The USDA supply/demand report, which was released last Friday, certainly did not disappoint the bearish camp in that regard, as it boosted global ending stocks to an unprecedented 81.72 million bales, or nearly 77% of current mill use. However, despite a kneejerk reaction that forced the spot month temporarily below 75 cents following the release of the report, the price action has since been bullish. So what is the reason behind this strength?
The answer would be quite obvious to traders if they had two separate USDA supply/demand reports to look at – one for China and one for the rest of the world (ROW). What they would see is a rather depressing, very bearish situation in China, while the balance sheet for the ROW looks quite friendly. For example, while the stocks-to-use ratio in China is at a ridiculous 114%, it is at just 58% in the ROW. In fact, the stocks-to-use ratio in the rest of world is only the 3rd highest over the last five seasons. Furthermore, while Chinese mill use has fallen by 14.5 million to just 35.5 million bales since 2009/10, the ROW is actually enjoying the highest mill consumption in five years at 70.6 million bales.
In other words, when we talk about the “cotton market”, we really need to talk about two markets, namely China and the ROW. The Chinese cotton market is clearly bearish, with Chinese prices nearly double of what they are in the ROW. For example, the March futures contract in New York of around 78 cents/lb compares to a March futures contract in Zhengzhou of around 144 cents/lb. Since prices in the ROW are relatively cheap, they continue to attract a lot of buying interest, including import demand from China.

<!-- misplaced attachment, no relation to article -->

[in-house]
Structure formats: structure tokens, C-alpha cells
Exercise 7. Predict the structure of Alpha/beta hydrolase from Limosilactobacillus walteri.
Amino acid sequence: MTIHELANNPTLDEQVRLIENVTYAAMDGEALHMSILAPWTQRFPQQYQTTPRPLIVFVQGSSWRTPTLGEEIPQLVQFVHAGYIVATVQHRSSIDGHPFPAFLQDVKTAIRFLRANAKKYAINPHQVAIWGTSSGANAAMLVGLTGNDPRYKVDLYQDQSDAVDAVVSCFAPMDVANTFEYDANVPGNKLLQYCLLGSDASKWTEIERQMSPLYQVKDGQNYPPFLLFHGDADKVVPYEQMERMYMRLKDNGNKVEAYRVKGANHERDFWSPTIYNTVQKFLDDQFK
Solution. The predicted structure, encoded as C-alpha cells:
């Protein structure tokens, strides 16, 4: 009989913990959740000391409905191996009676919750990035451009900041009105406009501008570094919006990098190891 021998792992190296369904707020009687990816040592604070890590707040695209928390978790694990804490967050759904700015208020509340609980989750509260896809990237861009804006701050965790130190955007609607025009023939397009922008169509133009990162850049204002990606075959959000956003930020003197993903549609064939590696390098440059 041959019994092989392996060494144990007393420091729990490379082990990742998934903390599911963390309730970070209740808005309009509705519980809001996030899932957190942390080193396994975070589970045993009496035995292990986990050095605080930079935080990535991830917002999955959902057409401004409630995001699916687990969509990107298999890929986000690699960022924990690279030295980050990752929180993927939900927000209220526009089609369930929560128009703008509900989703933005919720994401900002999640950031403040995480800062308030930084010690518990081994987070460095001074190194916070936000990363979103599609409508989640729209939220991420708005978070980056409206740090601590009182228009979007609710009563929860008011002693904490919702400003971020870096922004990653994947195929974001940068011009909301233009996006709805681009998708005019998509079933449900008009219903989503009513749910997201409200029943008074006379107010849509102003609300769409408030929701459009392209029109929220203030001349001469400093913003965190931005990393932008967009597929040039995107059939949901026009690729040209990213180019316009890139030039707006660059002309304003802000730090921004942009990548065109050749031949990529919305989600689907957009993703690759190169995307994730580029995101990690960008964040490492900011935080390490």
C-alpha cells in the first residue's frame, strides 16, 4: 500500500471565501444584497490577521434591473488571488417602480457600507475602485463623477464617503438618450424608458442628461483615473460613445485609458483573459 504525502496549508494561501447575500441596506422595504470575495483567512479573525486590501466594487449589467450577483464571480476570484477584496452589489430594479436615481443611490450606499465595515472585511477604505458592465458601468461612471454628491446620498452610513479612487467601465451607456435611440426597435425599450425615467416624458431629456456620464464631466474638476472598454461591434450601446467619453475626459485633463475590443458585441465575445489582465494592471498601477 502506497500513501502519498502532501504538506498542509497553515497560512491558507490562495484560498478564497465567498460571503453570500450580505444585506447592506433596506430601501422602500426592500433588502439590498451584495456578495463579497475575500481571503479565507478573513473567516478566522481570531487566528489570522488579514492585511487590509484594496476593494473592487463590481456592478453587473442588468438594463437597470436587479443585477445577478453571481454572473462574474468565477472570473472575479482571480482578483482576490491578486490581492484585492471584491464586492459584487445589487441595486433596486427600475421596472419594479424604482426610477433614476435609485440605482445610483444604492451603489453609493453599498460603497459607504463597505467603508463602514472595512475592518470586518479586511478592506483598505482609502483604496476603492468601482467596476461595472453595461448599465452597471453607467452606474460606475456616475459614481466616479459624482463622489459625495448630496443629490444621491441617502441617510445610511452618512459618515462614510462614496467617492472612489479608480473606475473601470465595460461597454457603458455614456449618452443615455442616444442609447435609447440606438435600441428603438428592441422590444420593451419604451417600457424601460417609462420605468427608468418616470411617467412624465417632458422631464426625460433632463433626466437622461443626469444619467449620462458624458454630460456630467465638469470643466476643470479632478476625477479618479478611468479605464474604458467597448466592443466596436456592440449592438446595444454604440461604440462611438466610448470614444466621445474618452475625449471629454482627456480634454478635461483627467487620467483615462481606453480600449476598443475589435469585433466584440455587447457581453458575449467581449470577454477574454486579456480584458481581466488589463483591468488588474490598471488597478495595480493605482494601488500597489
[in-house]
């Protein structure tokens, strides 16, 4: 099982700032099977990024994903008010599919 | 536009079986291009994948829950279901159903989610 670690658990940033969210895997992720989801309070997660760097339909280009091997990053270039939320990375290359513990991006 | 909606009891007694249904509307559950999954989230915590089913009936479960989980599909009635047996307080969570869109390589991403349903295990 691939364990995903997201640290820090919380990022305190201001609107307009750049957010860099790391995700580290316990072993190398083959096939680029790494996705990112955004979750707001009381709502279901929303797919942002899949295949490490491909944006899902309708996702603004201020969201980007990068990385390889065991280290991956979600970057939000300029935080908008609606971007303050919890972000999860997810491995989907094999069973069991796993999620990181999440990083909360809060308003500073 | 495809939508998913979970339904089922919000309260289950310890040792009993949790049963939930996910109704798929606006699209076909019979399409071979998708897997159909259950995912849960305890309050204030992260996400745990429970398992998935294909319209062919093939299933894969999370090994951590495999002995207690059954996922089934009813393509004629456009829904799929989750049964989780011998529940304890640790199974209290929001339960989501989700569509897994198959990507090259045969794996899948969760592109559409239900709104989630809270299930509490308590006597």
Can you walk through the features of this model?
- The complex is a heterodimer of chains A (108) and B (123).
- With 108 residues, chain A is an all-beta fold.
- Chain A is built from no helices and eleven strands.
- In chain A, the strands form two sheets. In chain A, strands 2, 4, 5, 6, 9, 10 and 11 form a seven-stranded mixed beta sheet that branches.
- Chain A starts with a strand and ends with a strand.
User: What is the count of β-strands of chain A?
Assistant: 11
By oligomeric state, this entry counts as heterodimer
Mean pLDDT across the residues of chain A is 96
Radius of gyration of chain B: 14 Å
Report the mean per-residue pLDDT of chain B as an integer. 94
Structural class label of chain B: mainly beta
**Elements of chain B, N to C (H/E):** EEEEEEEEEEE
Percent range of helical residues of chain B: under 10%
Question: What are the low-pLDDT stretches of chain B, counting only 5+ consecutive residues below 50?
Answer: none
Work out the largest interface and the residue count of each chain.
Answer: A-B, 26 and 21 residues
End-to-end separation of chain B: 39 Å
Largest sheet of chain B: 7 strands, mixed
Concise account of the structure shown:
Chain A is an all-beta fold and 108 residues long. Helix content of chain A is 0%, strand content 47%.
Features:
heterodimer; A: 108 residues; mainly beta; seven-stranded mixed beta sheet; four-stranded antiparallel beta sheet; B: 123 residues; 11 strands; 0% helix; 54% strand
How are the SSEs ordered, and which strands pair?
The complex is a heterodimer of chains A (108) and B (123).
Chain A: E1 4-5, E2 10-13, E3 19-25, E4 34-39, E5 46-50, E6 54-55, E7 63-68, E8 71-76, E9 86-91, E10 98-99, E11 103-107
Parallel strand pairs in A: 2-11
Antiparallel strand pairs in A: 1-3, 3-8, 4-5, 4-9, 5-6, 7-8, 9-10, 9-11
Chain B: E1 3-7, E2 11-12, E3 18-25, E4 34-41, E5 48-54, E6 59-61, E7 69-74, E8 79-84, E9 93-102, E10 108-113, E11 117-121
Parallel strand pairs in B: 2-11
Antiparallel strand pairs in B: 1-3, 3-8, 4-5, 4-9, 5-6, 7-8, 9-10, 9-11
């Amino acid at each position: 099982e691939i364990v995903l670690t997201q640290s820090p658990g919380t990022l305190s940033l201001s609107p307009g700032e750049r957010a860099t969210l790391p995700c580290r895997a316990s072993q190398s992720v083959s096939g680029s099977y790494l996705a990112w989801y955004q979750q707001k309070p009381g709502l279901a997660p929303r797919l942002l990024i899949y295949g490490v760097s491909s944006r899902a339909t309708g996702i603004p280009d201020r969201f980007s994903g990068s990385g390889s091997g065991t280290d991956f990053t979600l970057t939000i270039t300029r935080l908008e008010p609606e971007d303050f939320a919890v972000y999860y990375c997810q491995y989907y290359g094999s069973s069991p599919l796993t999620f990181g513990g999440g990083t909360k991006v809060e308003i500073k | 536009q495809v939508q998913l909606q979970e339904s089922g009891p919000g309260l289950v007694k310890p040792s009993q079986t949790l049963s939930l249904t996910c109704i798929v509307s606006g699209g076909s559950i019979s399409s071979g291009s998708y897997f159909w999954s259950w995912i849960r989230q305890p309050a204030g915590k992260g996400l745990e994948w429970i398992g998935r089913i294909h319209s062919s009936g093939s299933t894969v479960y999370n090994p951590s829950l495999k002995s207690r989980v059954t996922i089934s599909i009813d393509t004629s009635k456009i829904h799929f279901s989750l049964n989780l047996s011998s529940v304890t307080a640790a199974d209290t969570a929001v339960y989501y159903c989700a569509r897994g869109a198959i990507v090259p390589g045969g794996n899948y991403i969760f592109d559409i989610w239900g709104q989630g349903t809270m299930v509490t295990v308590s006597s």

The latest US export sales report once again surprised positively, as no less than 372’400 running bales of Upland and Pima cotton were sold to 19 different markets last week, bringing the total for the current marketing year to 10.0 million statistical bales, of which 4.1 million bales have so far been exported. According to our calculation, there are only around 6.5 million bales of US Upland cotton left for sale at this point, assuming that US domestic mills have already booked their requirements for the season. In other words, if US export sales were to average around 225’000 running bales a week through the end of July, every last bale of US cotton would be committed!
Chinese imports maintained an impressive pace during December at 2.4 million statistical bales, with Indian, Australian and US cotton leading the pack. For the first five months of the marketing year (Aug-Dec), China has already taken in 7.7 million bales of foreign cotton, which means that for the remaining seven months it only needs to import another 4.8 million bales to get to the current USDA estimate of 12.5 million bales.
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